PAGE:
Presidents and stocks: History suggests '09 could be a doozy

The nation's new president has been compared to FDR. His economic views go by the catchy code word Obamanomics. The transition of power at the White House is always a big deal on Wall Street — but never more so than this year with the stock market, banking system and economy in the throes of the worst crisis since the 1930s.

Enter President Obama, a politician with JFK-like charisma and high approval ratings. Wall Street and Main Street are counting on him to be Mr. Fix-it.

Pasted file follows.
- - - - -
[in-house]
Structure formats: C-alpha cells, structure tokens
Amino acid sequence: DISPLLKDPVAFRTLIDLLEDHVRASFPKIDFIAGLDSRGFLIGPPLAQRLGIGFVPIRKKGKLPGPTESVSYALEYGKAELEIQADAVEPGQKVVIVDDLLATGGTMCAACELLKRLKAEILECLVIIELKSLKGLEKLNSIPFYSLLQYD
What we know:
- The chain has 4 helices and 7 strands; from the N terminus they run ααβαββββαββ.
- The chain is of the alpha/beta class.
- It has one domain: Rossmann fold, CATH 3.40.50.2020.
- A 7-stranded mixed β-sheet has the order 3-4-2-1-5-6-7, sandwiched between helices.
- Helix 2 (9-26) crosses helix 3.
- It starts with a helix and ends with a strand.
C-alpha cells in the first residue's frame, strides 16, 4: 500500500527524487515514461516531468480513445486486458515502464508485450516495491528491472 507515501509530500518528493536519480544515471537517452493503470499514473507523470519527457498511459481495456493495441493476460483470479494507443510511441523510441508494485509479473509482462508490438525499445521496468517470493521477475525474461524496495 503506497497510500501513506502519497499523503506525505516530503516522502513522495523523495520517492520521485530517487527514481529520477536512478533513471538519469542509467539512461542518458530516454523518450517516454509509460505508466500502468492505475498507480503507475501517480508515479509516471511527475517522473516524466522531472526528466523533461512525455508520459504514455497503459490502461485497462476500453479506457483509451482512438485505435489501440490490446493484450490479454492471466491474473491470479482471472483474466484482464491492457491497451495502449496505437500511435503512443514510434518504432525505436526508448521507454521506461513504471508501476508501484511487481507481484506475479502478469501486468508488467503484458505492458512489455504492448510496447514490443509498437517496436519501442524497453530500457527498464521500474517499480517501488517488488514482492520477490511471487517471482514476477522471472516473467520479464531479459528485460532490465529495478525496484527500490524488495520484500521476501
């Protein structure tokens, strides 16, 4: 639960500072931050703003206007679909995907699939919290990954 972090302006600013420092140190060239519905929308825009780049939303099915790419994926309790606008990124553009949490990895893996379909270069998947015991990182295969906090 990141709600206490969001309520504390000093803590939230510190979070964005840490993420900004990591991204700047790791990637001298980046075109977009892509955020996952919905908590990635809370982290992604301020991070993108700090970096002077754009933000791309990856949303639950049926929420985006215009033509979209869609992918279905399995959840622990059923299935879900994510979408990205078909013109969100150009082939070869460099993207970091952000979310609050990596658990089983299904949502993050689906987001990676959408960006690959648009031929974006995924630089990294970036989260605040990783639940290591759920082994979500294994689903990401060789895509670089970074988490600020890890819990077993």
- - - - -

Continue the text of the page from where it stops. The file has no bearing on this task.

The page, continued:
Not only has Obama inherited a financial mess of historic proportions, he is also facing what market historians at the Stock Trader's Almanac refer to as the "post-election-year syndrome": The first year of a presidential term has historically been the worst for stocks.

"In the four-year presidential cycle, the first year is usually the toughest," says Jeffrey Kleintop, strategist at LPL Financial.

In post-election years since 1871, the Standard & Poor's 500-stock index finished higher only 56% of the time, says Ned Davis Research. That's well below the 74% of gains in pre-election years, 69% in election years and 59% in midterm election years.

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